“A child, more than all other gifts that earth can offer to declining man, brings hope with it, and forward-looking thoughts.” ~William Wordsworth~
So begins Silas Marner: The Weaver of Raveloe, a classic novel I read with my 10th graders every year. It’s a beautiful story of a broken man’s redemption.
In the first pages of the book, Silas is betrayed by his best friend, rejected by his fiancée, and ostracized from his community. Believing God caused these hurts, Silas relocates to a remote village, where he believes God will never find him. There, he simply exists for fifteen years, becoming a lifeless, shadow of a man.
Then one New Year’s Eve, a golden-haired toddler stumbles into his hut and changes him forever.
You’d think the answer to Silas’s pain would involve closure or therapy or, at the very least, a makeover. Maybe putting a beautiful woman on his arm or restoring his fortune would go a long way to making him feel valued. And, of course, a great career couldn’t hurt.
But, no, what heals the crusty old bachelor’s heart is a child. An innocent little girl that brings out all his best qualities as he nurtures, teaches, and cherishes her.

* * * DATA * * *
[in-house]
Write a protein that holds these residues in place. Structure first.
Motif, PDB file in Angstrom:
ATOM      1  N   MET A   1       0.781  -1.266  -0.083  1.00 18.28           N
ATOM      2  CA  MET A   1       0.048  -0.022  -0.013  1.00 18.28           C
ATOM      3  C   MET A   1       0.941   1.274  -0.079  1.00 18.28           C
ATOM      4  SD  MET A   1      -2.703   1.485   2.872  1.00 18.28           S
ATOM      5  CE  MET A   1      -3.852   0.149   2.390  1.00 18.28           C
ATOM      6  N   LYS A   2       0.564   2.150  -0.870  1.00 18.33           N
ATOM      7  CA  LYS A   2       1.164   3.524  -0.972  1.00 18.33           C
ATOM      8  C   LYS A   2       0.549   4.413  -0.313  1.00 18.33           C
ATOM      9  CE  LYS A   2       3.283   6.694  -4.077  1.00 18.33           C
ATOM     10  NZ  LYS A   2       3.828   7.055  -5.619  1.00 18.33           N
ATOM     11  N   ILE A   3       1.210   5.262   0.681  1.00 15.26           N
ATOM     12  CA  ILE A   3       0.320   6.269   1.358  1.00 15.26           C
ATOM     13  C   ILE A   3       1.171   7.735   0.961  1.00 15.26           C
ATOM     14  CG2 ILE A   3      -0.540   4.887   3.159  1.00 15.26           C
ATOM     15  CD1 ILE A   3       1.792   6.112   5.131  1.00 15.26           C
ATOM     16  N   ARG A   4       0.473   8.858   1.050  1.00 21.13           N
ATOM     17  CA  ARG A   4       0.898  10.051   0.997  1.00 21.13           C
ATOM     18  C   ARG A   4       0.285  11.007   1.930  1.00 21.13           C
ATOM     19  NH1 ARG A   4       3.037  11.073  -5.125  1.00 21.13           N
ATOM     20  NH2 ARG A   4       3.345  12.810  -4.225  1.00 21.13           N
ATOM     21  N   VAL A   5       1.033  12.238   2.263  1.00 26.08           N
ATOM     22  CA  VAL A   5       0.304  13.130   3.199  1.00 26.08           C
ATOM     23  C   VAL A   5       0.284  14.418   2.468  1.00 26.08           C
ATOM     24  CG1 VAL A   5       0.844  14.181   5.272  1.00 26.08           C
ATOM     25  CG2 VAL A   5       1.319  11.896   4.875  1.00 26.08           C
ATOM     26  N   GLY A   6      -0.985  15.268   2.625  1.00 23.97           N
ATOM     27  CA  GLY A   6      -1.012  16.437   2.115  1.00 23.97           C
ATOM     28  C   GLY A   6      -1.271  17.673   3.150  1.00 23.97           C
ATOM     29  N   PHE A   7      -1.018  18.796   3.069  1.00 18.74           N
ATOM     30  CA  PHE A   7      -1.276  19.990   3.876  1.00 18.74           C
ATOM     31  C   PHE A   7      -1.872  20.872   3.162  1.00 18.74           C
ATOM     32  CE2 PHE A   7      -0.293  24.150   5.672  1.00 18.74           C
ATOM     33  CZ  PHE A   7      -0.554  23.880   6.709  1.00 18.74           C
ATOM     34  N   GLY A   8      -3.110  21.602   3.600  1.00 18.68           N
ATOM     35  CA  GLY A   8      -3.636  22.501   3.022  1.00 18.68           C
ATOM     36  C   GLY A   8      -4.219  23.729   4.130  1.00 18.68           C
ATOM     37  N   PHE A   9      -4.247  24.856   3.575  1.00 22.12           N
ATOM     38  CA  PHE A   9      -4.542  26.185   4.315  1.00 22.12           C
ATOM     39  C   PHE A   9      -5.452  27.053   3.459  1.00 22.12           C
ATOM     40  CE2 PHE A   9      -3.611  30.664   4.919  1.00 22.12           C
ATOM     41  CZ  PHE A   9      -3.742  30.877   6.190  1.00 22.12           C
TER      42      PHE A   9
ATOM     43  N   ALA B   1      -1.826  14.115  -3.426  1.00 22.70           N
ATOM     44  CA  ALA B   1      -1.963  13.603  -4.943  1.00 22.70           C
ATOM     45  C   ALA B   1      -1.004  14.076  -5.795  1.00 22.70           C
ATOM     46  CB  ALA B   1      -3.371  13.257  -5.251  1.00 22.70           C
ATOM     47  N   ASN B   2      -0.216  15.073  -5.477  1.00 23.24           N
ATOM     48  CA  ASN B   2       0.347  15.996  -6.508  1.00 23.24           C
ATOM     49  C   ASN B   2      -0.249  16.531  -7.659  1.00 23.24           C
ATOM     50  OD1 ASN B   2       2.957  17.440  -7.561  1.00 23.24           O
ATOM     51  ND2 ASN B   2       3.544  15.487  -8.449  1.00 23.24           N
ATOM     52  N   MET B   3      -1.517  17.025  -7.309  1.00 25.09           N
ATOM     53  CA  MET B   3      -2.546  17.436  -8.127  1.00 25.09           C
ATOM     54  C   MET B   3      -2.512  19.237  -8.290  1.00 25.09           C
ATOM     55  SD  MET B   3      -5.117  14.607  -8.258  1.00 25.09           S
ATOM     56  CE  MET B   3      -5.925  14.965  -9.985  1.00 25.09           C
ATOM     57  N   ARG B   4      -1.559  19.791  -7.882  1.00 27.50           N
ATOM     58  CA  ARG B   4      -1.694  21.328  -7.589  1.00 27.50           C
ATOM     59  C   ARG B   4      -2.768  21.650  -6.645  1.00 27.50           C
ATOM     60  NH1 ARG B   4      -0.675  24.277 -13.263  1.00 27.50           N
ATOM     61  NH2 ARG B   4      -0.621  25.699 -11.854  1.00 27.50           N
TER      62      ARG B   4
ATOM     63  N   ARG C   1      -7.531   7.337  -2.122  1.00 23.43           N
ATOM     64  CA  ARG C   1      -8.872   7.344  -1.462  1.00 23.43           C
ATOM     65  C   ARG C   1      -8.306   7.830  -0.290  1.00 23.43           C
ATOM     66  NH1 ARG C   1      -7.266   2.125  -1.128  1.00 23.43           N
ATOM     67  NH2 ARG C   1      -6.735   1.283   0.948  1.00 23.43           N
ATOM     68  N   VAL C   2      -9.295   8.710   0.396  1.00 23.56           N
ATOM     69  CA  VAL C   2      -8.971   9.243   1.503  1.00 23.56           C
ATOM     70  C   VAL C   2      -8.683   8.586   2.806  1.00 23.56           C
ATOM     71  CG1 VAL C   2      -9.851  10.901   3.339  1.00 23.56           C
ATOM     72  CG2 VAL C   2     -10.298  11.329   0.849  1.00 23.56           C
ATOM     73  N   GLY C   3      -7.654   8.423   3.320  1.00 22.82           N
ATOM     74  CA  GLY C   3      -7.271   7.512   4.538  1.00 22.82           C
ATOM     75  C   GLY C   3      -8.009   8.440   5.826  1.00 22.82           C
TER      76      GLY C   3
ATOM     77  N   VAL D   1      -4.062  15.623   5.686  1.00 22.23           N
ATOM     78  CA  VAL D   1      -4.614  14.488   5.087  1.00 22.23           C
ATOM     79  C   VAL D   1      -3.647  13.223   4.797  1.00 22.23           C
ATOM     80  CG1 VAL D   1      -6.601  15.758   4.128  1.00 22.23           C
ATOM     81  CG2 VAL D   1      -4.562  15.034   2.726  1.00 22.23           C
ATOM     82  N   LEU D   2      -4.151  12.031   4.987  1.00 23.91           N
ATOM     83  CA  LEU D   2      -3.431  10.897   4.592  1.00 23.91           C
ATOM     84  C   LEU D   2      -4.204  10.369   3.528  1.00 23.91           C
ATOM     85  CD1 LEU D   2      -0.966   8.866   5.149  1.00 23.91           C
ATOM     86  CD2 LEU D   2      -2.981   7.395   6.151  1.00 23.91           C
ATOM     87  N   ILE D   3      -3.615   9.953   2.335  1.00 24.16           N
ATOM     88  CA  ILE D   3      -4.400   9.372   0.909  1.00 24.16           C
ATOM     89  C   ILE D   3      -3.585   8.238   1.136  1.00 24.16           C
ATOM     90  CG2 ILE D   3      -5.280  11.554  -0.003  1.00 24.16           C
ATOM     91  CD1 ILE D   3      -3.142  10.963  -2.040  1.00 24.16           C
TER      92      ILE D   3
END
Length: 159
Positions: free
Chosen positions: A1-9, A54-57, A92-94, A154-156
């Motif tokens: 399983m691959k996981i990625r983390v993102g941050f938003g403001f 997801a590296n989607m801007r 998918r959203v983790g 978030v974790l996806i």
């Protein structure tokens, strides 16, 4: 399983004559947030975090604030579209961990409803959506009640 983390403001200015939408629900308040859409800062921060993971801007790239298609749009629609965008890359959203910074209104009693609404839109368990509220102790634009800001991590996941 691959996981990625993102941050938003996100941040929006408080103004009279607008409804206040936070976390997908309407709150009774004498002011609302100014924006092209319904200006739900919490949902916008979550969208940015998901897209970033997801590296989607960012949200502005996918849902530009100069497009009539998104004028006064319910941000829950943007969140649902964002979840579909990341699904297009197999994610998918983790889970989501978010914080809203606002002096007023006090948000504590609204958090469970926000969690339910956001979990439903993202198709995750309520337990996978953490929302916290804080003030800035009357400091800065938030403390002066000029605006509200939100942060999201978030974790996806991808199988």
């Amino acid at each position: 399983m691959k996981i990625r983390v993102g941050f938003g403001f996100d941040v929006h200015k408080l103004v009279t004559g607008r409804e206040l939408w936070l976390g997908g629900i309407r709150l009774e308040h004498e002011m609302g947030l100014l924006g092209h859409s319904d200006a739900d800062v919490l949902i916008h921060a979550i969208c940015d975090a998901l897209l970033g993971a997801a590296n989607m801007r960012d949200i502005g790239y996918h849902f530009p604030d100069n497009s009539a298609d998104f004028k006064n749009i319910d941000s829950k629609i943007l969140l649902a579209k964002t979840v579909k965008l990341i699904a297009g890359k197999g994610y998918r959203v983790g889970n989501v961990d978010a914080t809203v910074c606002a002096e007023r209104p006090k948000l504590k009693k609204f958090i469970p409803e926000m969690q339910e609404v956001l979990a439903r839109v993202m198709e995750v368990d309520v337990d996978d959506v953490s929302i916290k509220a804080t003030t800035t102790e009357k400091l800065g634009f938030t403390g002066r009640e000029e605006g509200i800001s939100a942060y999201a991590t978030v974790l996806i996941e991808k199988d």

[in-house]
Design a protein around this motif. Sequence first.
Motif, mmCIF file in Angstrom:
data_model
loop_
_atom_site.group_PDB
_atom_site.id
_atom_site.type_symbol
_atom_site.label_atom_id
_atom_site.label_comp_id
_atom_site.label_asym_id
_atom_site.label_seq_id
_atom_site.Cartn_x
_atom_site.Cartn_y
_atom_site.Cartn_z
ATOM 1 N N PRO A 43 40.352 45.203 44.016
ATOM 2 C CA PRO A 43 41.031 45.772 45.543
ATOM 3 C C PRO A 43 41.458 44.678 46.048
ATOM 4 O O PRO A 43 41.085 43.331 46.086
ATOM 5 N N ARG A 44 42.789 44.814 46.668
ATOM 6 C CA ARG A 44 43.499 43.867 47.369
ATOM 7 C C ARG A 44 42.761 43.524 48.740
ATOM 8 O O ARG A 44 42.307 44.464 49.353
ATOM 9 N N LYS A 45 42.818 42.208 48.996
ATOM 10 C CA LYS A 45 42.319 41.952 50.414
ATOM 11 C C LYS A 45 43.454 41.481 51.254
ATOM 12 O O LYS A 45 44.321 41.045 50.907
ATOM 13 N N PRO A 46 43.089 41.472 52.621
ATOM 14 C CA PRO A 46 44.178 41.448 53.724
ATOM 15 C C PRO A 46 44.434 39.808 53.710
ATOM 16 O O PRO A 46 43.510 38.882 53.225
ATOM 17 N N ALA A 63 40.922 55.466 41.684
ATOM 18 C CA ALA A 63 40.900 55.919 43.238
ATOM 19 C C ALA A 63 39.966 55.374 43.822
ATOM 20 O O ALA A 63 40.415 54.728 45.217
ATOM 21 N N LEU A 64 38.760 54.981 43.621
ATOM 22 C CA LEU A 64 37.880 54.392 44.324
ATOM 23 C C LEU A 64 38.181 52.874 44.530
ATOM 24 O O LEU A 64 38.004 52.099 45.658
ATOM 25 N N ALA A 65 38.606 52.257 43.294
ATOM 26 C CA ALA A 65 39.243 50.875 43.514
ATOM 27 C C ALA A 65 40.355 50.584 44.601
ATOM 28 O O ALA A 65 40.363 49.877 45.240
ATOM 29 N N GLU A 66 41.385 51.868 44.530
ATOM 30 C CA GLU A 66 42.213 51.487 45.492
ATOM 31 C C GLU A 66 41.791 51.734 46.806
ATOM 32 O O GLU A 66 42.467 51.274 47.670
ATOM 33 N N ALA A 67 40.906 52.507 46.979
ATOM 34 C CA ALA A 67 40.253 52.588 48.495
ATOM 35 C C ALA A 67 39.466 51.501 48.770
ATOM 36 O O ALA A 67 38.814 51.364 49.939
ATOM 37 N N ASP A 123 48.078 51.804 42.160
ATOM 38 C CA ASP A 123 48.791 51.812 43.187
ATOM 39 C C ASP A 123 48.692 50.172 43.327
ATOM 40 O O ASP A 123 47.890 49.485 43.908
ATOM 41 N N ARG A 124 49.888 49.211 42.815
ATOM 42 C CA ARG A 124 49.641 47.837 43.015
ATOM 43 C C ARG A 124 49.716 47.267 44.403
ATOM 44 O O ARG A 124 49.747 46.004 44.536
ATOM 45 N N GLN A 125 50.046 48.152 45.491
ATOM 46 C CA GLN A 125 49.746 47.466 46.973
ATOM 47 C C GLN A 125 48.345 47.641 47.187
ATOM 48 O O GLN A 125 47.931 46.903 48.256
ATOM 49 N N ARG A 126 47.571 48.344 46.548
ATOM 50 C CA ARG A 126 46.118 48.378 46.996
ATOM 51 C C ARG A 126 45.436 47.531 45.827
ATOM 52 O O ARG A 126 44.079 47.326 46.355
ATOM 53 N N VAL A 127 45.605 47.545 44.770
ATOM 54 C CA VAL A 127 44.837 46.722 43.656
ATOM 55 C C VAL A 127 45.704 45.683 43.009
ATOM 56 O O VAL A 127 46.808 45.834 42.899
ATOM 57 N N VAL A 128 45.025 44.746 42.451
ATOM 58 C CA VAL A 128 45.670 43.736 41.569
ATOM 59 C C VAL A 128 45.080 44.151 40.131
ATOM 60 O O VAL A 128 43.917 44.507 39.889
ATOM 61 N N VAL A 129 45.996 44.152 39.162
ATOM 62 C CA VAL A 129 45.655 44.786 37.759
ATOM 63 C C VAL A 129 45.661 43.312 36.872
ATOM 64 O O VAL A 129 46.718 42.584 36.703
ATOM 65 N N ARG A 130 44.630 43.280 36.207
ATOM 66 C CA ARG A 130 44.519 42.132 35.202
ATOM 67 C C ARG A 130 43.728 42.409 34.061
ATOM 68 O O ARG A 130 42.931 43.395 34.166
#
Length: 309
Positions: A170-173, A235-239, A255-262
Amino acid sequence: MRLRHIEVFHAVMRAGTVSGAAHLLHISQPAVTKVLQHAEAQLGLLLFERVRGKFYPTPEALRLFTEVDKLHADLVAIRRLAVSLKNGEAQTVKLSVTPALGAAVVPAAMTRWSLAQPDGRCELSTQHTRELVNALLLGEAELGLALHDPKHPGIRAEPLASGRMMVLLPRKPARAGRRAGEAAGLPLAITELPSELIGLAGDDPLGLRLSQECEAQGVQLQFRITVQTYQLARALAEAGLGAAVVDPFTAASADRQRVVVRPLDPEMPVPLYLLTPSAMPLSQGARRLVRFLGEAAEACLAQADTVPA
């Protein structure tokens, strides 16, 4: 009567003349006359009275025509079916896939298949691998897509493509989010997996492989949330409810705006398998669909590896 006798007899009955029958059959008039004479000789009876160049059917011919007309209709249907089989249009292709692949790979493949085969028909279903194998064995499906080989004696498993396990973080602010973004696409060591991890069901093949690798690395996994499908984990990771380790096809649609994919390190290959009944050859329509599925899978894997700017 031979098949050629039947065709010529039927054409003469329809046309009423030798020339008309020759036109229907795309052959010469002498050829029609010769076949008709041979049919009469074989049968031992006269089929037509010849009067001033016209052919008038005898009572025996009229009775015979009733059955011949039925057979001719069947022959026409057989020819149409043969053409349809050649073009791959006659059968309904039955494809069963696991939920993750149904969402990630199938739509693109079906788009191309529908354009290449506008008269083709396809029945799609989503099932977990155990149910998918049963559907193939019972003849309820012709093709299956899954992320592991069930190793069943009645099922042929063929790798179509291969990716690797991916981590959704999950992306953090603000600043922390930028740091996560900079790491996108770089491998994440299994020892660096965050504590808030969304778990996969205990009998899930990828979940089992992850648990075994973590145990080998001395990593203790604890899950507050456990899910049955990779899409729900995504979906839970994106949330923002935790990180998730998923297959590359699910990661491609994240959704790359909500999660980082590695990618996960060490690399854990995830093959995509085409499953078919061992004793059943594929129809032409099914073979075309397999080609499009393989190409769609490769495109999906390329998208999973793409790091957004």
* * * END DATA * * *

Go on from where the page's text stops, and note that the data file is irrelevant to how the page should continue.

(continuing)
Even though Silas Marner is a fiction story, I can’t help but believe that it’s quite true-to-life.
For I’ve seen God fill needs that way, with answers that might look—to the untrained eye—like problems or burdens or mistakes. And I’ve seen God chose the unlikeliest heroes to step in and save a life.
God’s ways are not our ways, and His prescription for abundant life is filled with paradoxes.
In Matthew 18:2-5, “[Jesus] called a little child to him, and placed the child among them. And he said: ‘Truly I tell you, unless you change and become like little children, you will never enter the kingdom of heaven. Therefore, whoever takes the lowly position of this child is the greatest in the kingdom of heaven. And whoever welcomes one such child in my name welcomes me.’”
- Kids turn our focus towards the future.
- Kids model the beauty of innocence.
- Kids show us how simple faith can be.
May we enter 2015 like children who have entrusted our hands to our Heavenly Father’s sure grasp and will follow where He leads—without looking back.
“In old days there were angels who came and took men by the hand and led them away from the city of destruction. We see no white-winged angels now. But yet men are led away from threatening destruction.
A hand is put into theirs, which leads them forth gently towards a calm and bright land, so that they look no more backward.
And the hand may be a little child’s.”
~from Silas Marner: The Weaver of Raveloe by George Elliot~